- Martin Conyon & Richard B. Freeman, 2004. "Shared Modes of Compensation and Firm Performance U.K. Evidence," NBER Chapters, in: Seeking a Premier Economy: The Economic Effects of British Economic Reforms, 1980-2000, pages 109-146 National Bureau of Economic Research, Inc.
- Martin J. Conyon & Richard B. Freeman, 2001. "Shared Modes of Compensation and Firm Performance: UK Evidence," NBER Working Papers 8448, National Bureau of Economic Research, Inc.
- Martin J. Conyon & Richard B. Freeman, 2002. "Shared modes of compensation and firm performance: UK evidence," LSE Research Online Documents on Economics 20060, London School of Economics and Political Science, LSE Library.
- Martin J. Conyon & Richard Freeman, 2002. "Shared Modes of Compensation and Firm Performance: UK Evidence," CEP Discussion Papers dp0560, Centre for Economic Performance, LSE.
- Derek C. Jones & Takao Kato & Jeffrey Pliskin, 1994. "Profit Sharing and Gainsharing: A Review of Theory, Incidence, and Effects," Economics Working Paper Archive wp_125, Levy Economics Institute.
- Derek C. Jones & Takao Kato & Jeffrey Pliskin, 1999. "Profit Sharing and Gainsharing: A Review of Theory, Incidence, and Effects," Macroeconomics 9903010, EconWPA.
- Andrew M. Robinson & Nicholas Wilson, 2006. "Employee Financial Participation and Productivity: An Empirical Reappraisal," British Journal of Industrial Relations, London School of Economics, vol. 44(1), pages 31-50, 03.
- Nicholas Wilson & Michael J. Peel, 1991. "The Impact on Absenteeism and Quits of Profit-Sharing and other Forms of Employee Participation," ILR Review, Cornell University, ILR School, vol. 44(3), pages 454-468, April.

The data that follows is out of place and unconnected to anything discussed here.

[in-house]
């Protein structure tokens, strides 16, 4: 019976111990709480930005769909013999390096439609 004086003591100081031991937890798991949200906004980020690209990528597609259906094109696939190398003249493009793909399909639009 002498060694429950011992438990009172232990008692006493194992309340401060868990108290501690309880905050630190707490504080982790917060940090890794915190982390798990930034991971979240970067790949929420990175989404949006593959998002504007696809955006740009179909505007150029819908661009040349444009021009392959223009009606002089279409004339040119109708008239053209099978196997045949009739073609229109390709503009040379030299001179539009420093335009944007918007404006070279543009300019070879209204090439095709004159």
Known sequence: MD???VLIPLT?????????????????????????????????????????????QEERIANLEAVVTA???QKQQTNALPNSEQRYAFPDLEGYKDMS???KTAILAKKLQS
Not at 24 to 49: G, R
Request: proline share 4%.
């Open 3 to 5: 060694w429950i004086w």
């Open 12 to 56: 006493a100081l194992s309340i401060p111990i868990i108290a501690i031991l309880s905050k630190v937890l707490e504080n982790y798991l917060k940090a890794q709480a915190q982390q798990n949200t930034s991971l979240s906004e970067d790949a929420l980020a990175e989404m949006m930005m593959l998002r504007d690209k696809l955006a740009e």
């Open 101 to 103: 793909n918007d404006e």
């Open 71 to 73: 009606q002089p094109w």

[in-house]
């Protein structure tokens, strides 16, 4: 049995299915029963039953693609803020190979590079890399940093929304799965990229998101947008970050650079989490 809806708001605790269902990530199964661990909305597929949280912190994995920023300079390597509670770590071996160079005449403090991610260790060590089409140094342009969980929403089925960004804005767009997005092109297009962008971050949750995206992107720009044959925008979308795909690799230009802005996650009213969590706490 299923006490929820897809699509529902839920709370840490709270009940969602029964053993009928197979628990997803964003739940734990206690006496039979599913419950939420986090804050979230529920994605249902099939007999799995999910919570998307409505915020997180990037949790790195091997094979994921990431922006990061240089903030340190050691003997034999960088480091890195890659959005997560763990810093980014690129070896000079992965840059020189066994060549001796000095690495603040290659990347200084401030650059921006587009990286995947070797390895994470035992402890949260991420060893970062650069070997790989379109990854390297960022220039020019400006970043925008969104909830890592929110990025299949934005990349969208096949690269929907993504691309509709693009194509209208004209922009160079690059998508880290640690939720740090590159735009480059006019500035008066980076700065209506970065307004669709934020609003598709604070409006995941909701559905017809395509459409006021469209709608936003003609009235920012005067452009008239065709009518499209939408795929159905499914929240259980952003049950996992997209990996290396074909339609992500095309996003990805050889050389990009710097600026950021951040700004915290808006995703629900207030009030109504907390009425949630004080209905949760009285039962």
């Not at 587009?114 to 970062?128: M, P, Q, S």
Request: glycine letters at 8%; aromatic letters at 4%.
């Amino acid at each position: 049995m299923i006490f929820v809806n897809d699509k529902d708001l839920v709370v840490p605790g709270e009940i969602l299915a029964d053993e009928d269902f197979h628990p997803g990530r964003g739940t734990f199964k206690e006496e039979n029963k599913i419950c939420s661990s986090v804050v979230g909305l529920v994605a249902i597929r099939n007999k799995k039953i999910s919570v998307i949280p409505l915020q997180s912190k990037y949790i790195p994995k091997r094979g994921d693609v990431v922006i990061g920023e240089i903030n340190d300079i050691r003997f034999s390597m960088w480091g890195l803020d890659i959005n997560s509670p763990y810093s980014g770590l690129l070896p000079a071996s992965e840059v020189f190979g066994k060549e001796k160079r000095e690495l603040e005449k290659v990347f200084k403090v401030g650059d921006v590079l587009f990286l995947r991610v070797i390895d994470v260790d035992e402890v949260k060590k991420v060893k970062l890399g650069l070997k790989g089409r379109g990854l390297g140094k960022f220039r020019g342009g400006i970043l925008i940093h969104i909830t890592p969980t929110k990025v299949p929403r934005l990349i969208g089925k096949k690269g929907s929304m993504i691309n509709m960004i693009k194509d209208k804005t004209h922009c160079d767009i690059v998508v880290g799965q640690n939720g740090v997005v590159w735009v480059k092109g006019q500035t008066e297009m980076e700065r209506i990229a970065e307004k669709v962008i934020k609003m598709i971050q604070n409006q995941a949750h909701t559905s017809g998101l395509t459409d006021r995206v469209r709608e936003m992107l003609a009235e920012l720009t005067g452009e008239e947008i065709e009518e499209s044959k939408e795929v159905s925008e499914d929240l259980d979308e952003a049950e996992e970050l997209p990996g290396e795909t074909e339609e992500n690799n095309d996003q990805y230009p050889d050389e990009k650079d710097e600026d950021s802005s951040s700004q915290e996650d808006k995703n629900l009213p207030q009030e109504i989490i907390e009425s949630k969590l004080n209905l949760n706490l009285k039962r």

- Daniel G. Hansen, 1997. "Worker Performance and Group Incentives: A Case Study," ILR Review, Cornell University, ILR School, vol. 51(1), pages 37-49, October.
- Kandel, Eugene & Lazear, Edward P, 1992. "Peer Pressure and Partnerships," Journal of Political Economy, University of Chicago Press, vol. 100(4), pages 801-817, August.
- Kandel, E. & Lazear, E.P., 1990. "Peer Pressure and Partnerships," Papers 90-07, Rochester, Business - Managerial Economics Research Center.
- Craig, Ben & Pencavel, John, 1992. "The Behavior of Worker Cooperatives: The Plywood Companies of the Pacific Northwest," American Economic Review, American Economic Association, vol. 82(5), pages 1083-1105, December.
- Ichniowski, Casey & Shaw, Kathryn & Prennushi, Giovanna, 1997. "The Effects of Human Resource Management Practices on Productivity: A Study of Steel Finishing Lines," American Economic Review, American Economic Association, vol. 87(3), pages 291-313, June.
- Chris Doucouliagos, 1995. "Worker Participation and Productivity in Labor-Managed and Participatory Capitalist Firms: A Meta-Analysis," ILR Review, Cornell University, ILR School, vol. 49(1), pages 58-77, October.
- Peter Cappelli & David Neumark, 2001. "Do â€œHigh-Performanceâ€ Work Practices Improve Establishment-Level Outcomes?," ILR Review, Cornell University, ILR School, vol. 54(4), pages 737-775, July.